If Apple had waited for people to demand a small, portable MP3 player, we’d still be waiting for that first iPod. And that’s the cool thing about disruptive innovations that change everything — they catch people by surprise.
Of course, market disruptors have been around for a long time. The introduction of the English Long Bow completely changed the course of history. The invention of kitty litter allowed millions of people to become pet owners and created a huge new pet care market — as well as thousands of Internet memes.
We live in the 4th Industrial Revolution, and our biggest disruptions are enabled by digital technologies. But just as with the invention of the Long Bow, the biggest successes will come when these new product services surprise people with a solution to a problem they couldn’t articulate.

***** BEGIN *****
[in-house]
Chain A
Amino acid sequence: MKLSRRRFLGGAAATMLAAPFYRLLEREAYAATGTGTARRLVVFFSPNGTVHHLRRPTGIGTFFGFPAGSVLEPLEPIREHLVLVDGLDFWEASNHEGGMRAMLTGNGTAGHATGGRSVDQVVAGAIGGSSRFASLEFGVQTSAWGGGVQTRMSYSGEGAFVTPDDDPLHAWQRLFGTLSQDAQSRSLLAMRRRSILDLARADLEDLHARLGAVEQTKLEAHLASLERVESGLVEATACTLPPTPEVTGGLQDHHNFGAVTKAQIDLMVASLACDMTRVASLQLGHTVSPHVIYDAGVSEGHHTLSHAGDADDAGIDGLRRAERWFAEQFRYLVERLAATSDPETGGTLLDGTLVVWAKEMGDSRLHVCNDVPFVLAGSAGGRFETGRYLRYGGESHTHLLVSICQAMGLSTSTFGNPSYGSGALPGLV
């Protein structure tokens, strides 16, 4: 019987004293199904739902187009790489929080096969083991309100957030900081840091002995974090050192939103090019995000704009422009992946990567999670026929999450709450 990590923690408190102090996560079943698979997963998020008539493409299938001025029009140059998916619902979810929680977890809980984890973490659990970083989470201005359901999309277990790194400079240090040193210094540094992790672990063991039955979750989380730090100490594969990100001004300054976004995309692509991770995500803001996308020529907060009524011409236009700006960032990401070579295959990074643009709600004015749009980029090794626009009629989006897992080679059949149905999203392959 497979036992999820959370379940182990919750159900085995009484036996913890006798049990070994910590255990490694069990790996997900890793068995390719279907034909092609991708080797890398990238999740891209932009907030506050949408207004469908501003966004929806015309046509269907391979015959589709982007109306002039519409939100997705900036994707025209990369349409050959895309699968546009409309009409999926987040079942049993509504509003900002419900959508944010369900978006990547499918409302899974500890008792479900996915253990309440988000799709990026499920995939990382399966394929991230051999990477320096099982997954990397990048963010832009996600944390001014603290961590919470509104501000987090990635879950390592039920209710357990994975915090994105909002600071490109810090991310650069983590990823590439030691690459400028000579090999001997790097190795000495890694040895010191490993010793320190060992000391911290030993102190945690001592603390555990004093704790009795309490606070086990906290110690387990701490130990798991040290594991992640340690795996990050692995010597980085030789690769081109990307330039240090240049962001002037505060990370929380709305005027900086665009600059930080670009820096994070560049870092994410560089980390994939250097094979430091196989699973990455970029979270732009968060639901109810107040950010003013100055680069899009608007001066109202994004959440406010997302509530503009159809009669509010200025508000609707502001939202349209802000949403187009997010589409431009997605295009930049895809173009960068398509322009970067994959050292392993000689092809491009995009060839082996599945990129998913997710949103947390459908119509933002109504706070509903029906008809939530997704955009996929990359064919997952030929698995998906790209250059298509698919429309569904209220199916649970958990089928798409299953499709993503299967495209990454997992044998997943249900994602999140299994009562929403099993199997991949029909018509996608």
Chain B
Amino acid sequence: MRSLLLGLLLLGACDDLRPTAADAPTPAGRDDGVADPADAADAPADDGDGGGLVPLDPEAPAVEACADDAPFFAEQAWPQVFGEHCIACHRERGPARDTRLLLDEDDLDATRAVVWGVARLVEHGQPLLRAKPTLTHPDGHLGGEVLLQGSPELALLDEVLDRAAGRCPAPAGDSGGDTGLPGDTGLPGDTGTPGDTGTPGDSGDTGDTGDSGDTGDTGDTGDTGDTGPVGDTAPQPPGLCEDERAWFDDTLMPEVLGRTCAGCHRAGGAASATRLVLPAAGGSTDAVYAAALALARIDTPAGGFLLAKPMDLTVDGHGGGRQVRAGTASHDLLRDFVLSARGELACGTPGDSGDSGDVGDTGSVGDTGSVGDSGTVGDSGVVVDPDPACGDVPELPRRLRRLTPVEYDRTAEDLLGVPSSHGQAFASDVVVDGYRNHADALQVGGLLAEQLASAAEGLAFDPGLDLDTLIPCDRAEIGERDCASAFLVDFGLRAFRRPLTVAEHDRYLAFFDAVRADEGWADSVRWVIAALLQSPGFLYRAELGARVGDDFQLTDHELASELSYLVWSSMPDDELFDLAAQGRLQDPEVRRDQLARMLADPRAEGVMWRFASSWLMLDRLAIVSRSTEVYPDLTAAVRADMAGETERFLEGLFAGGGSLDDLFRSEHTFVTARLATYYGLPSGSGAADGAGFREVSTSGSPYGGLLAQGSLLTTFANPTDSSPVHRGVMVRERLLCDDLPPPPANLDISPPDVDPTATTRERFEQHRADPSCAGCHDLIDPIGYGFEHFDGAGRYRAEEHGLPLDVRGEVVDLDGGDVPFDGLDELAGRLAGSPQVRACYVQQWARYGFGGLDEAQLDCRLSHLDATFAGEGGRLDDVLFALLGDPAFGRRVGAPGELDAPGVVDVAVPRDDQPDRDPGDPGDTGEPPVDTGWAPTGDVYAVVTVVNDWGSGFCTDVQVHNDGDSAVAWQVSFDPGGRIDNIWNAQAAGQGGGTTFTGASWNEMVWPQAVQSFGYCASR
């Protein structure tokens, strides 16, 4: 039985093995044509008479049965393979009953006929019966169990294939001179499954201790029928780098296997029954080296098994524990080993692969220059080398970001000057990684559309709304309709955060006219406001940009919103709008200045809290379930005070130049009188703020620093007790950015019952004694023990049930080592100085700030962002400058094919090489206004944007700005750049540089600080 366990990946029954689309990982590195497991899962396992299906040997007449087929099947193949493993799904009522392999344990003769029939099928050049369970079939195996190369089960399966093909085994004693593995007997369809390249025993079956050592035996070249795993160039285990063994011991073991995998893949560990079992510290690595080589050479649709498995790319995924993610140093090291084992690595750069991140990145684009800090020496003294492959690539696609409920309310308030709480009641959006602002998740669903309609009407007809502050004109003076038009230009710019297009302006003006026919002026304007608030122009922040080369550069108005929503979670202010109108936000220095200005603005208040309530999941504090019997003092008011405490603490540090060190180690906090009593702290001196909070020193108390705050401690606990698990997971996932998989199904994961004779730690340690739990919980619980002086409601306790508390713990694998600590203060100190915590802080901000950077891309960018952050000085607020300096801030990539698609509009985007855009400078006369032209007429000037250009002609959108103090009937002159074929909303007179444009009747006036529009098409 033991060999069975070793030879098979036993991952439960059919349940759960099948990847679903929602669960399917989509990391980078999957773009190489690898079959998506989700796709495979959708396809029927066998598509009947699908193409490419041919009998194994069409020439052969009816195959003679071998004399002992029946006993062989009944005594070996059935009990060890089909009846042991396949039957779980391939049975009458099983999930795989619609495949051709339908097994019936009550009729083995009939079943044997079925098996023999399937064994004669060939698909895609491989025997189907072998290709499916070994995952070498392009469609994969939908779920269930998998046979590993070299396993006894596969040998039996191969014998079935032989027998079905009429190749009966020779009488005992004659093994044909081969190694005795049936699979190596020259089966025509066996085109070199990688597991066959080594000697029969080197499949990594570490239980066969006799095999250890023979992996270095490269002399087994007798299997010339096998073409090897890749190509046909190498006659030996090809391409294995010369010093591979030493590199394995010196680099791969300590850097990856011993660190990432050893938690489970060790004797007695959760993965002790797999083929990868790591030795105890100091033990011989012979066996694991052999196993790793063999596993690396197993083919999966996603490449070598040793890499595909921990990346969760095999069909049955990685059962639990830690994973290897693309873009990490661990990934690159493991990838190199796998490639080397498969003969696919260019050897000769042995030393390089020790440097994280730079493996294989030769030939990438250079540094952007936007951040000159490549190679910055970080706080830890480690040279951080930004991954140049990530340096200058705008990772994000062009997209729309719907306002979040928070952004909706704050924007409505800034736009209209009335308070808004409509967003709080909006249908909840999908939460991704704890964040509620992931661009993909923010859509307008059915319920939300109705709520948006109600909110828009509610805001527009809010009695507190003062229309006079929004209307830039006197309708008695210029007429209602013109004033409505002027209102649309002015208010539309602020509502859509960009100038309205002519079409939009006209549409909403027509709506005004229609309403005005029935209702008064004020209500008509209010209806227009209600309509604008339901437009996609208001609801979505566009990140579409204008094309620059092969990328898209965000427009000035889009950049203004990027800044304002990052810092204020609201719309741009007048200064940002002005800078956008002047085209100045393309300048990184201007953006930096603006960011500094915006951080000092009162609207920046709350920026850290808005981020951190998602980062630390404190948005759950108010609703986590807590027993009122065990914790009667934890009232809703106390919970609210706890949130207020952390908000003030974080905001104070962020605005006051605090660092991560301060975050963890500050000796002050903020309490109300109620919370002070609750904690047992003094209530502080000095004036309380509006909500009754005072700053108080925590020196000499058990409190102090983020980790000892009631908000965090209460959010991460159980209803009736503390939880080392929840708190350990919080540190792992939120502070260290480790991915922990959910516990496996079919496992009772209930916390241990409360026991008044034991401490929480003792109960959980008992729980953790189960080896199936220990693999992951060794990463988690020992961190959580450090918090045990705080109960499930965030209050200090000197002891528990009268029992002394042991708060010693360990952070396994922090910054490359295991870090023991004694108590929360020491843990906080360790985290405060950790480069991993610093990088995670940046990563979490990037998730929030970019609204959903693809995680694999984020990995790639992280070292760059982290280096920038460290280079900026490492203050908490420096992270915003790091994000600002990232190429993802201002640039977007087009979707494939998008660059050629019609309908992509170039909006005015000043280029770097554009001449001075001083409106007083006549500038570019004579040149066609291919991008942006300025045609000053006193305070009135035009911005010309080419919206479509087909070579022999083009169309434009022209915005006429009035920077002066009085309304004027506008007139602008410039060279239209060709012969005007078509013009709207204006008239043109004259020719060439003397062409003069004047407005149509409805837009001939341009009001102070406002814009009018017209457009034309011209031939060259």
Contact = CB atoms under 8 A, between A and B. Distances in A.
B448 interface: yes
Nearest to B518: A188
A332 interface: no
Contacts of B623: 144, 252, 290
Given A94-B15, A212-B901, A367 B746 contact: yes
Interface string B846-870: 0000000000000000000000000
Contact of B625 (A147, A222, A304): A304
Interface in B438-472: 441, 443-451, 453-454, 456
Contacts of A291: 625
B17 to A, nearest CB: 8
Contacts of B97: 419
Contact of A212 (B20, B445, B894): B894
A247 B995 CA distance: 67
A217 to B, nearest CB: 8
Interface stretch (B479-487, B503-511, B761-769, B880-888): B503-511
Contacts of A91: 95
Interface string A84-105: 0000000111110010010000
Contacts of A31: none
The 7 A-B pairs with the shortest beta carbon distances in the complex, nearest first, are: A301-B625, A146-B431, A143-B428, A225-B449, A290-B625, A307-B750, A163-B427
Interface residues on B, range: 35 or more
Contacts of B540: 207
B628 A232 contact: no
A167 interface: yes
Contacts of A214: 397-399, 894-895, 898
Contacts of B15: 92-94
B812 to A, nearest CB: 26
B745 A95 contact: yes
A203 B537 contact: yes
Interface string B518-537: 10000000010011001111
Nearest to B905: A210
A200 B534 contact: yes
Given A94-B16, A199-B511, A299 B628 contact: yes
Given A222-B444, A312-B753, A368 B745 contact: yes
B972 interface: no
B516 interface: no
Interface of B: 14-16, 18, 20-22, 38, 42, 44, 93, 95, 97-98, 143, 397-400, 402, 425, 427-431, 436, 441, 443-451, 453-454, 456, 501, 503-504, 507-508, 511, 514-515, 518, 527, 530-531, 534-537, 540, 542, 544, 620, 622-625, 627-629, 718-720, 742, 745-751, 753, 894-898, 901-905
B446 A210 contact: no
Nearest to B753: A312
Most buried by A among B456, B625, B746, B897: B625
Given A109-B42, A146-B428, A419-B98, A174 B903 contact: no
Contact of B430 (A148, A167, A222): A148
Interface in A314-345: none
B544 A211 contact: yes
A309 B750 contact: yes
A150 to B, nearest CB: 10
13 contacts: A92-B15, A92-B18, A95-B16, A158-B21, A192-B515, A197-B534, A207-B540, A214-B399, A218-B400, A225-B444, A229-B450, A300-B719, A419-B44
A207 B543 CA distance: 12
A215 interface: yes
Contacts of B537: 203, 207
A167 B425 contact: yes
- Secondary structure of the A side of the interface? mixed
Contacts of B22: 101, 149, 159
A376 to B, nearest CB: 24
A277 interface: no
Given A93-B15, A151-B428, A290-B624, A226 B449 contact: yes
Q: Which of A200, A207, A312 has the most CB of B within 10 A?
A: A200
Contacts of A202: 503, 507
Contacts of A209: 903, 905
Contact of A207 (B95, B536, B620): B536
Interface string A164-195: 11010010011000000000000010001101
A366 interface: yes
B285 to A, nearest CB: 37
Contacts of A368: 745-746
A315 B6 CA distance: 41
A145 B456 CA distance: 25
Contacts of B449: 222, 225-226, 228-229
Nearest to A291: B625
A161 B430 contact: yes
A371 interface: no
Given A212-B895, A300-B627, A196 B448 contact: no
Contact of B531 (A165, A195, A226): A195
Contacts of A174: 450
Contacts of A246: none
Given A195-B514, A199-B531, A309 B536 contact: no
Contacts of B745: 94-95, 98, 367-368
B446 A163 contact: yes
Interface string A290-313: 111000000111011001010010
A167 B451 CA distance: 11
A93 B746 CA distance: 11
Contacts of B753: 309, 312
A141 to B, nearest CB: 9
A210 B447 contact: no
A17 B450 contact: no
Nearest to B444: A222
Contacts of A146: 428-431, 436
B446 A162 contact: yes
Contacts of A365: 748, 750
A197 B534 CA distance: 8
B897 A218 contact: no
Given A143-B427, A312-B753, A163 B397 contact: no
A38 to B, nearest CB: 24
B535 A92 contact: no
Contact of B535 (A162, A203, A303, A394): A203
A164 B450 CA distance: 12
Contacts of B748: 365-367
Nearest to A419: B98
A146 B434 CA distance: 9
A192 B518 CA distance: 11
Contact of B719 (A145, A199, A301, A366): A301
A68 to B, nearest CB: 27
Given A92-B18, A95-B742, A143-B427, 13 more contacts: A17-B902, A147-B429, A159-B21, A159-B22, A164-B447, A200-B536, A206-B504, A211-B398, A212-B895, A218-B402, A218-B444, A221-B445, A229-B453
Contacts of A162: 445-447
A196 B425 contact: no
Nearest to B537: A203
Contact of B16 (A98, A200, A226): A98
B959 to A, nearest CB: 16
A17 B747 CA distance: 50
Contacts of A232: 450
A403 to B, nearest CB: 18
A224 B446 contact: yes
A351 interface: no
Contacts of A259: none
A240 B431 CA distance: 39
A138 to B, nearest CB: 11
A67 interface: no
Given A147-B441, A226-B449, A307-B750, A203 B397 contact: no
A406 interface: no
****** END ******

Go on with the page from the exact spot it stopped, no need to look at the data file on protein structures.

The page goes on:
Second screen technology is already disrupting how we engage with conference audiences. And I am excited when I think about how digital breakthroughs might combine to bring other solutions to industry problems we don’t even register. 3D printing and micro-customization. Drones with cameras and sensors that talk to beacons. Smart watches that connect your biofeedback with a virtual reality experience. The whole “Internet of Me” trend. We can combine these to make experiences better, less complicated, and more personal. And we can pull better metrics to improve our game.
That’s the beauty of design thinking. If you start with the idea of solving a thorny problem, your result will be a product or service that already has a market. The digitization of the market place has accelerated the cycle of consumer demand and abandonment. But if we stay focused on designing for the needs and wants of our audiences — instead of waiting for them to tell us what they want — we win.
Remember, no one asked for an iPod. Until they couldn’t live without it.